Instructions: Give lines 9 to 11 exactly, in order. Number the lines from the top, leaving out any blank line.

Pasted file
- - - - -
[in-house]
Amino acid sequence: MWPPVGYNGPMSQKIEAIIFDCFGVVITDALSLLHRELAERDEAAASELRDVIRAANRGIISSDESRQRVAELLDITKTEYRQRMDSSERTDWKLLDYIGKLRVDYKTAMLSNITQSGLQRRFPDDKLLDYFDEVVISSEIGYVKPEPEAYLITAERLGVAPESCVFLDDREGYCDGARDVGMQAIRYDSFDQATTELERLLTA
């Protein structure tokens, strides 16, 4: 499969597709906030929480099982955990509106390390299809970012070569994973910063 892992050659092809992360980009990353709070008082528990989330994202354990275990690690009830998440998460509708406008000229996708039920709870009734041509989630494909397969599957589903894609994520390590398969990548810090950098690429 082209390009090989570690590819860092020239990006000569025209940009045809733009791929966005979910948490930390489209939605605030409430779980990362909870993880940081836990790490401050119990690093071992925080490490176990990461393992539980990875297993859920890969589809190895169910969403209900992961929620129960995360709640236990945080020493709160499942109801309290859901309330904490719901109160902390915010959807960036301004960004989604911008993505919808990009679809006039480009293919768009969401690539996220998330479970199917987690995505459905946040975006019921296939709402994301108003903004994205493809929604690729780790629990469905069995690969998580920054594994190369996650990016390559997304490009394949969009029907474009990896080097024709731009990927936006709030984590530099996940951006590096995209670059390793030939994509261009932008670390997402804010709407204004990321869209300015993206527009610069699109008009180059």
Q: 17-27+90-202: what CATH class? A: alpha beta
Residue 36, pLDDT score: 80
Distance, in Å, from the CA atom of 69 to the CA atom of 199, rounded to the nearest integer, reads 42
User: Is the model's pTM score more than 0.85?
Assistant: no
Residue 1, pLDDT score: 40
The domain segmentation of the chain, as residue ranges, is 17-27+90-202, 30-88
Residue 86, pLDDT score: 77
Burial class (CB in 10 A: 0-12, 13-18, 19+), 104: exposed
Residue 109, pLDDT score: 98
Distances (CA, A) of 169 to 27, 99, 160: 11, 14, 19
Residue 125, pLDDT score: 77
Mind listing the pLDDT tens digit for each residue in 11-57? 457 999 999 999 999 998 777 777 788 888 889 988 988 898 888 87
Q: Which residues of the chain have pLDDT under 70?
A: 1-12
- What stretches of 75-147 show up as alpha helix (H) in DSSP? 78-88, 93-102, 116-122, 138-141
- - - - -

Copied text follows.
Residue 1, pLDDT score: 40
The domain segmentation of the chain, as residue ranges, is 17-27+90-202, 30-88
Residue 86, pLDDT score: 77